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Anderson’s lawyer claimed that much of the other evidence was “fruit of the poisonous tree,” alleging that it stemmed from information obtained illegally after the suspect’s arrest. However, in July 2017 prosecutors stated that they would have discovered the little girl’s body even if Anderson had not cooperated. This, they claimed, was due to the infrared radar, bloodhounds, helicopter and K-9 units at their disposal.

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Anderson was now in prison, with his trial due to take place between April 2 and April 20, 2018. Pre-trial hearings were scheduled for March 2 and March 26, 2018. Anderson’s traffic violations were his only previous crimes, the Star Tribune reported.

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The Ertl family commemorated Alayna’s seventh birthday on October 31, 2017, with an event at St. Anthony Catholic Church in Watkins, according to the Angel Alayna Facebook page. The flyer for the event read, “We hope to see you there to help us celebrate our peanut’s birthday in heaven.”

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Kayla Ertl and her family had walked into the same church on August 26, 2016, for Alayna’s funeral, six days after her murder. Hundreds of mourners gathered to say goodbye. A wooden casket with her remains inside was then carried from the church to a nearby cemetery. Alayna’s parents and brother held hands, sobbing with grief along the way.

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A few days earlier, many Watkins residents had come together to commemorate the little girl’s life. At the service, Alayna’s parents lit the first candles. Hundreds of purple and pink balloons floated into the night sky, to the accompaniment of the song “Let It Go” from Frozen. According to the Daily Mail, the little girl’s obituary read, “Alayna gave joy to our lives by always having a smile and kind words to say. She loved learning from her brother and always gave the best hugs.”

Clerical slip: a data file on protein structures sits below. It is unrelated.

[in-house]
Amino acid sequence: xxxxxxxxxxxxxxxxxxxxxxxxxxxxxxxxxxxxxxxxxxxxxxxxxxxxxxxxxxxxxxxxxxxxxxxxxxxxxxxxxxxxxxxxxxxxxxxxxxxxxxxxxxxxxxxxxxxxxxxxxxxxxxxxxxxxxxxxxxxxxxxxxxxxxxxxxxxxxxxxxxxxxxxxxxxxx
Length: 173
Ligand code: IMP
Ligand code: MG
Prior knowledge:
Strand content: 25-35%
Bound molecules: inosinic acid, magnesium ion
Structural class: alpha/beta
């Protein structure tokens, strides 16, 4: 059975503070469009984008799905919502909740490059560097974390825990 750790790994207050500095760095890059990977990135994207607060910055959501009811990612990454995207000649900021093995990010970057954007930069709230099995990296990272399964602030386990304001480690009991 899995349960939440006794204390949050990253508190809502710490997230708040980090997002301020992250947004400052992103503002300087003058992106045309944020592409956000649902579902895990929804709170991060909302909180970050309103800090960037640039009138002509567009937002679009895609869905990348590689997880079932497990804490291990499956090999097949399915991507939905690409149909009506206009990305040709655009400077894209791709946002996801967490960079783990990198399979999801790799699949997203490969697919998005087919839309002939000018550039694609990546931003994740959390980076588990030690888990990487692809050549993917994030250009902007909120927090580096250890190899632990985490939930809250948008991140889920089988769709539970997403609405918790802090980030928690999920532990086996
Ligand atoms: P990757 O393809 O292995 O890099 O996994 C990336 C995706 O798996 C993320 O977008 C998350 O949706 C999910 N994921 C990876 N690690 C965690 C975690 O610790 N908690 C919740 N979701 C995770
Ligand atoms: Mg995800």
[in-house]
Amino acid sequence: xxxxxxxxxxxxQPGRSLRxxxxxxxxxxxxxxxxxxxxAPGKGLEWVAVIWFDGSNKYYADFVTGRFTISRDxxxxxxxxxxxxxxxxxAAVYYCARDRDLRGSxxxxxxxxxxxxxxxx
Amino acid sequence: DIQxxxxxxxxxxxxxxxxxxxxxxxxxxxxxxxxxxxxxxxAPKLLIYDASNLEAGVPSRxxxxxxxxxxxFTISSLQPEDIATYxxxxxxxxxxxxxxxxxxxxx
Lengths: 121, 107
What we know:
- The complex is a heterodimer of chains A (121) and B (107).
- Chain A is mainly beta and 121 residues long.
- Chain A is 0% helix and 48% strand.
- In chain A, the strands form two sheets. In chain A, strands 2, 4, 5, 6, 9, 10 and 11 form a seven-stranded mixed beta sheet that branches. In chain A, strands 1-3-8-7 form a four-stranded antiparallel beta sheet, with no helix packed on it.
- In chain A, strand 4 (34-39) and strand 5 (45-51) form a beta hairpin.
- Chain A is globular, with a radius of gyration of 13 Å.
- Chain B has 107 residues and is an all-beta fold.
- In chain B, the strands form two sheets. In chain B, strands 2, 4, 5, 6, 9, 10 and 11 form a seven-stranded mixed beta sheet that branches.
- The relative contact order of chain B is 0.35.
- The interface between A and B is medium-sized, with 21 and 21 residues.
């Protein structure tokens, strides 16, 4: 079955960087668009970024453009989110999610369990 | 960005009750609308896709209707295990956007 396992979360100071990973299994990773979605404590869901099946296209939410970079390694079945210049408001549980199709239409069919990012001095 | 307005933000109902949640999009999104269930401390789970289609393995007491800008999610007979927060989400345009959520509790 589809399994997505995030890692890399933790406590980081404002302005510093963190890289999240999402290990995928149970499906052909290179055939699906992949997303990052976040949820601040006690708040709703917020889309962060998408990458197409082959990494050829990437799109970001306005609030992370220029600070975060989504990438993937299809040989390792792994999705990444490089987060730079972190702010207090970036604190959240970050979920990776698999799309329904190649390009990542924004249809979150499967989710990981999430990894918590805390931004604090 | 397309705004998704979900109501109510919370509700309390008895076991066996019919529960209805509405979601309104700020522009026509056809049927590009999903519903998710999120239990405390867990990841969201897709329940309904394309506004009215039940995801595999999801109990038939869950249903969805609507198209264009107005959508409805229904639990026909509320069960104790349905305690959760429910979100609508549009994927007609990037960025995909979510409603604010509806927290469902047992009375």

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On March 2, 2018, Anderson, now 27, pleaded guilty to the rape and murder of Alayna. He will serve a life in prison with no parole. Cass County prosecutor Ben Lindstrom told the Star Tribune that Anderson’s prosecution was cut short when his attorneys indicated that he would admit to his crimes. “This is a case where we weren’t going to make a compromise,” Lindstrom said.

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Anderson will not face trial, as he has already been given his sentence, which is the most severe possible. Lindstrom said that he did not wish to put the Ertl family through an unnecessarily lengthy trial. When contacted at his family home by the Star Tribune on March 2, 2018, Matthew Ertl stated that he and his wife had nothing else to say at present.